With 2012 being the year of the Olympics, many of us will have noticed the various campaigns pushing us to get out and get fit. We receive regular updates on the benefits of exercise to our health and have become increasingly familiar with phrases like ‘30 minutes a day’ and ‘at least 3 times a week.’ Now, there is growing evidence to suggest that regular physical activity may also benefit Multiple Sclerosis (MS) sufferers – lessening their fatigue, aiding walking mobility and improving their quality of life.
MS is one of the most common neurological disorders affecting young adults today. Approximately 250 million people from around the world currently suffer from this disease; including some well-known faces from the Olympic sporting community itself. Some may recall the 4-times Olympic Gold medallist, Betty Cuthbert for instance, who was diagnosed with MS back in her thirties.
MS is a chronic autoimmune disease, where the bodies own immune system targets and damages the sufferers nervous tissue. The disease specifically targets the fatty covering which surrounds most nerve fibres (called myelin). Myelin is necessary for nerve cells to communicate efficiently over long distances, meaning that nerve fibres of MS sufferers are significantly less efficient at sending messages around the body. As a result, MS sufferers present with a range of symptoms, depending on where the damage is located, including fatigue, muscle weakness and reduced mobility.
Quite understandably, MS sufferers therefore tend to be less active than the general population. Approximately 75-95% of patients with MS report fatigue as their most common symptom, with at least half of suffers classifying it as being the most troublesome. To date no medicines have been approved by drug licensing bodies to treat MS-related fatigue. A number of studies trialling exercise therapy in MS sufferers, however, have yielded promising results…
A few years back in 2009, two independent research groups reviewed the use of physical activity to treat MS-associated fatigue and mobility problems. Maria Garrett and Susan Coote, based at Limerick University’s department of Physiotherapy, reviewed 19 related studies which took place between 2004 and 2008. Whilst Robert Motl and Erin Snook from the University of Illinois, drew evidence from 22 further studies spanning a period of more than 40 years. The type of exercise both groups were interested in consisted of regular and supervised exercise regimes which progressed in intensity over several weeks.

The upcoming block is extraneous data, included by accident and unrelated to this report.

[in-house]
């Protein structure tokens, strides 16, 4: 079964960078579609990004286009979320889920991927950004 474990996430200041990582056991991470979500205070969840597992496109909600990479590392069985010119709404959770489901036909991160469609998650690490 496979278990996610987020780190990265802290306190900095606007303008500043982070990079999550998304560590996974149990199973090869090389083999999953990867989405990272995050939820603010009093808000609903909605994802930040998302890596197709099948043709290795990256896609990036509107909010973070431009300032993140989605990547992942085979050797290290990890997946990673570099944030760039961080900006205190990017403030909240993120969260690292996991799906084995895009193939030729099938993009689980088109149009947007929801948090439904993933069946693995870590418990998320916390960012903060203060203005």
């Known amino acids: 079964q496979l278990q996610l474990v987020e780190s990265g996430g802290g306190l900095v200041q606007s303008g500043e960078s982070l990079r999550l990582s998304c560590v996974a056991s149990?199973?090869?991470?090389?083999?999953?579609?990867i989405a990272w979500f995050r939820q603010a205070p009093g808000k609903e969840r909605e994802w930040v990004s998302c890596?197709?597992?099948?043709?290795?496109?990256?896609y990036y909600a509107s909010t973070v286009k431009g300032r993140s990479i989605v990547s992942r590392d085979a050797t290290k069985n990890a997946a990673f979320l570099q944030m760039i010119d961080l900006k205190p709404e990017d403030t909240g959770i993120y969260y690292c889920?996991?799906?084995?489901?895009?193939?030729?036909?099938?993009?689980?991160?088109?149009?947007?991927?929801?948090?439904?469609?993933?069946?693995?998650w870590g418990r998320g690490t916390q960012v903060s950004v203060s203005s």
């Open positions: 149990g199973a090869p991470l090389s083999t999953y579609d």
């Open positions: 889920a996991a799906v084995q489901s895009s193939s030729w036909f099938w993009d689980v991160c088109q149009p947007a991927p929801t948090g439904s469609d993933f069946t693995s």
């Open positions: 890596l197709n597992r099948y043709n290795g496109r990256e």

Crucially, the main conclusions that both Garrett’s and Motl’s groups drew from their assessments were that formal exercise programmes can have a positive impact on fatigue and walking mobility in patients with MS. In addition, no harmful effects or exacerbation to symptoms were seen in any of the studies, and patients generally felt their quality of life was improved by the therapy.
Despite a few limitations (such as small sample size), which may have biased the studies, both research groups believed that there was sufficient merit in these findings to justify further research into the area. In their discussions, Garrett and Motl both recommend the development of longer, larger and more controlled trials involving the use of exercise therapy on patients with MS. Unfortunately, while it seems this research may be well worth carrying out, no such studies have yet appeared.
However, just this year Robert Motl from the University of Illinois headed a pilot study on exercise intervention for MS. This research, published in the March 2012 edition of the Journal of Neurologic Physical Therapy, investigated the effects of an 8-week exercise programme on 13 patients with MS. This regime involved a mixture of aerobic, resistance and balance-based exercises supervised by an experienced physiotherapist. Promisingly, all the patients involved in this trial reported improvements in their walking mobility. Objective measures showing increased walking speeds also supported patient feedback. Looking at these results, one would certainly hope this trial will be a precursor to research on a larger scale.
So perhaps this year, MS sufferers could actually benefit from ‘jumping on the Olympic bandwagon’ to get active and exercise. After all, research so far has implied no harmful effects of using exercise therapy for patients with MS. Not to mention the small but promising number of trials, we have discussed here, which indicate that physical activity may in fact aid fatigue and walking mobility in suffers. Given such evidence, healthcare professionals may also look towards encouraging a change in the behaviour of their MS patients.
Meanwhile, I for one will certainly have my fingers crossed with the hope that Motl’s study is a sign that further and larger-scale research into this area is now on its way…
Post by: Megan Barrett